Returning to an old project

Do you remember that I want to reproduce the medieval nalbinding mitten from Ribe, Denmark? Something has always gotten in the way of finishing, even when I felt like I was making good progress. Partly it is because there is so much to learn, but for the past year, it has been due to inactivity.
Currently I'm spinning up more Jacob wool.

Well, preparing for my lefties class got me going on the mitten project again. Why? Well, the starting edge of the Ribe mitten faces in the opposite direction from my usual mittens. As I made samples for my lefties class, I wondered if perhaps that mitten was made by a left-handed person.

Hand-warmers made with left-handed Oslo stitch.

But, I think the answer is no. I think my first thought - that the mitten was turned inside out when complete is the correct answer. I think this because of the slant of the stitches. Whichever way you turn a piece of nalbinding, the stitches slant in the same direction - right or left, depending on which way they were made. Compare the picture above with this detail of the Ribe mitten:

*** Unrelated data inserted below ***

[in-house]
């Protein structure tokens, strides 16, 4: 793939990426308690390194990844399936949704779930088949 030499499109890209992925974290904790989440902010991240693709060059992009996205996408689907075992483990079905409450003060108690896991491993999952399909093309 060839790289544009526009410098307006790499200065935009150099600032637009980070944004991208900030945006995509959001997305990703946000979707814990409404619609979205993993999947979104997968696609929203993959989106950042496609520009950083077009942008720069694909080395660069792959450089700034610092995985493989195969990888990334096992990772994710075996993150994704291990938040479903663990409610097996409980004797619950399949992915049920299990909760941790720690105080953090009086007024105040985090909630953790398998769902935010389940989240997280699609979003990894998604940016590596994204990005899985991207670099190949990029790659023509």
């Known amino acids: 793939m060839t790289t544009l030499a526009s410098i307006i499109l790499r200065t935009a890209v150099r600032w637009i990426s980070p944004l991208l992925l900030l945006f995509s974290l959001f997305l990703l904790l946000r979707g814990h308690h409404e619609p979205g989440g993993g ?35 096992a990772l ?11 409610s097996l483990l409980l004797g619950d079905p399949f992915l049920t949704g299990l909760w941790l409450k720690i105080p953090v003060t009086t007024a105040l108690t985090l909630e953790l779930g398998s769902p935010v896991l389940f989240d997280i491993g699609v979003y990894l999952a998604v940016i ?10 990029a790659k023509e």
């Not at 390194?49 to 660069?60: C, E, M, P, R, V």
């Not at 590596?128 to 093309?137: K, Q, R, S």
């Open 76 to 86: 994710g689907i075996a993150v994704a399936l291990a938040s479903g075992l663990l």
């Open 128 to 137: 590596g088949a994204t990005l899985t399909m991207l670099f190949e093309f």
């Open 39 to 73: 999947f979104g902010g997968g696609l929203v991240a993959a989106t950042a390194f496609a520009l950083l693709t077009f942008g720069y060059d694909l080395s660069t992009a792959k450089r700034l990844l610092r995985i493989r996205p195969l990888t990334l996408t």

The stitches point in the opposite direction. I hope to finish spinning over the holiday weekend, and then I'm excited to make another sample.

Sunday, August 21, 2016

Nalbinding

I can't believe we have been home from Pennsic for a week already. My thanks to everyone who took my classes, particularly the left-handed nalbinders. As promised, class directions for spots, stripes and rings, and for lefties have been posted here. They say that teachers should learn as much from their students as the students learn from their teachers. In this case, I think it was true. Having prepared for and taught the left-handed class, I now feel as comfortable stitching with my left hand as I do with my right. Thank you for prompting me to strive harder!

Wednesday, June 29, 2016

Lacis

We went to visit friends in Connecticut last weekend.
They took us across Long Island Sound in their lovely boat, to the little village of Northport. Very quaint. We poked around in the little shops, and I came across this:

 I had to have it - it was only a couple of dollars. I'm sure it is a 20th century piece, but there they were - linen stitch and loop stitch, just like I had learned from Barbeta!
 
I can't wait to get back to work on my own piece.

And here are a few more photos from the weekend: 

Mike even let Rich have a turn driving the boat.

 



It's a trip we won't soon forget.